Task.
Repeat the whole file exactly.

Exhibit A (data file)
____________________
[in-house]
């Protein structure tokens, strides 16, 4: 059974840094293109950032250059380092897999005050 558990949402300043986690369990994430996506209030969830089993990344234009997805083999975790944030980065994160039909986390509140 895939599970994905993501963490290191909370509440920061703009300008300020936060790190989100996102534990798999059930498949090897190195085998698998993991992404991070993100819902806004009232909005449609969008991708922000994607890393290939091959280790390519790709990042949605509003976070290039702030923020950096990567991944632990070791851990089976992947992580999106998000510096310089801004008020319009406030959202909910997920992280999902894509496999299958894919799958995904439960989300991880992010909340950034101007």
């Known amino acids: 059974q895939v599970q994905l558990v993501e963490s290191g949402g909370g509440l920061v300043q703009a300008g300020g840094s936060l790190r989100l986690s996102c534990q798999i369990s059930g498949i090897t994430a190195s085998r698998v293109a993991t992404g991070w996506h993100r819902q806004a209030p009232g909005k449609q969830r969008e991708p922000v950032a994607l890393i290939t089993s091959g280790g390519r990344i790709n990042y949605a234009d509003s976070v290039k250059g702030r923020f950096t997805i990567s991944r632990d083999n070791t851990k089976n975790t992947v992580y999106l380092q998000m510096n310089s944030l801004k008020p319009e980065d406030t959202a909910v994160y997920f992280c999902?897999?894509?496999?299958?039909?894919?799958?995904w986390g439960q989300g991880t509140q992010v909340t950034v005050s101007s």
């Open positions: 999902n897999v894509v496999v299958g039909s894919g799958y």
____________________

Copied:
[in-house]
């Protein structure tokens, strides 16, 4: 059974840094293109950032250059380092897999005050 558990949402300043986690369990994430996506209030969830089993990344234009997805083999975790944030980065994160039909986390509140 895939599970994905993501963490290191909370509440920061703009300008300020936060790190989100996102534990798999059930498949090897190195085998698998993991992404991070993100819902806004009232909005449609969008991708922000994607890393290939091959280790390519790709990042949605509003976070290039702030923020950096990567991944632990070791851990089976992947992580999106998000510096310089801004008020319009406030959202909910997920992280999902894509496999299958894919799958995904439960989300991880992010909340950034101007």
């Known amino acids: 059974q895939v599970q994905l558990v993501e963490s290191g949402g909370g509440l920061v300043q703009a300008g300020g840094s936060l790190r989100l986690s996102c534990q798999i369990s059930g498949i090897t994430a190195s085998r698998v293109a993991t992404g991070w996506h993100r819902q806004a209030p009232g909005k449609q969830r969008e991708p922000v950032a994607l890393i290939t089993s091959g280790g390519r990344i790709n990042y949605a234009d509003s976070v290039k250059g702030r923020f950096t997805i990567s991944r632990d083999n070791t851990k089976n975790t992947v992580y999106l380092q998000m510096n310089s944030l801004k008020p319009e980065d406030t959202a909910v994160y997920f992280c999902?897999?894509?496999?299958?039909?894919?799958?995904w986390g439960q989300g991880t509140q992010v909340t950034v005050s101007s």
């Open positions: 999902n897999v894509v496999v299958g039909s894919g799958y």